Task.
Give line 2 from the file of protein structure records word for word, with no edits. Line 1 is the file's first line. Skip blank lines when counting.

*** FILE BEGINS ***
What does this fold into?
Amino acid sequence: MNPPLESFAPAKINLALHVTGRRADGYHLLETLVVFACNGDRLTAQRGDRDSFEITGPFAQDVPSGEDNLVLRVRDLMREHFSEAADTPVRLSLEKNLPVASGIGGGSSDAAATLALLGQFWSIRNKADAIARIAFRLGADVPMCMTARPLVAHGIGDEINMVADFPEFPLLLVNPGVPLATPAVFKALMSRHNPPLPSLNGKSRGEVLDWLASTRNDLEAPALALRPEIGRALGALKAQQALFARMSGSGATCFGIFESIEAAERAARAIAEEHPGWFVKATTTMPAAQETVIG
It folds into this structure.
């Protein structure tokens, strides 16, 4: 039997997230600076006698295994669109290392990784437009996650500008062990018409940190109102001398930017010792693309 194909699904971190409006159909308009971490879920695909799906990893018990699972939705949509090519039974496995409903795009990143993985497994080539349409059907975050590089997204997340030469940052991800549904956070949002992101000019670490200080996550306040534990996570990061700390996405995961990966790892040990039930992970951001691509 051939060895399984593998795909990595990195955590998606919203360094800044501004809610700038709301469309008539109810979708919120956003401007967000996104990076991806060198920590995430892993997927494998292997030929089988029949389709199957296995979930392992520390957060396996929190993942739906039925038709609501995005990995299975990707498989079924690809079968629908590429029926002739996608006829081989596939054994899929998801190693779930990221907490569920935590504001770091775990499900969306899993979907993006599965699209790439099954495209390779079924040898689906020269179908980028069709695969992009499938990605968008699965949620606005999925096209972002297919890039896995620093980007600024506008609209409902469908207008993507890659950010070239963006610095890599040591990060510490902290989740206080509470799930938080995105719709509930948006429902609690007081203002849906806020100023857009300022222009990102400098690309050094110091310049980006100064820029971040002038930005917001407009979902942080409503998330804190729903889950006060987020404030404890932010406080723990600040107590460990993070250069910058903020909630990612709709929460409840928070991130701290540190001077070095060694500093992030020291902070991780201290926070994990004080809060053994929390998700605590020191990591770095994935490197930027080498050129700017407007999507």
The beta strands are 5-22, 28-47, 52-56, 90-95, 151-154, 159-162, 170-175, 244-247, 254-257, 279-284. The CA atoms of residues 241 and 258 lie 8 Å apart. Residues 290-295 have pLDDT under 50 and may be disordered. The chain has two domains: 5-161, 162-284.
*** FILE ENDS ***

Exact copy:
Amino acid sequence: MNPPLESFAPAKINLALHVTGRRADGYHLLETLVVFACNGDRLTAQRGDRDSFEITGPFAQDVPSGEDNLVLRVRDLMREHFSEAADTPVRLSLEKNLPVASGIGGGSSDAAATLALLGQFWSIRNKADAIARIAFRLGADVPMCMTARPLVAHGIGDEINMVADFPEFPLLLVNPGVPLATPAVFKALMSRHNPPLPSLNGKSRGEVLDWLASTRNDLEAPALALRPEIGRALGALKAQQALFARMSGSGATCFGIFESIEAAERAARAIAEEHPGWFVKATTTMPAAQETVIG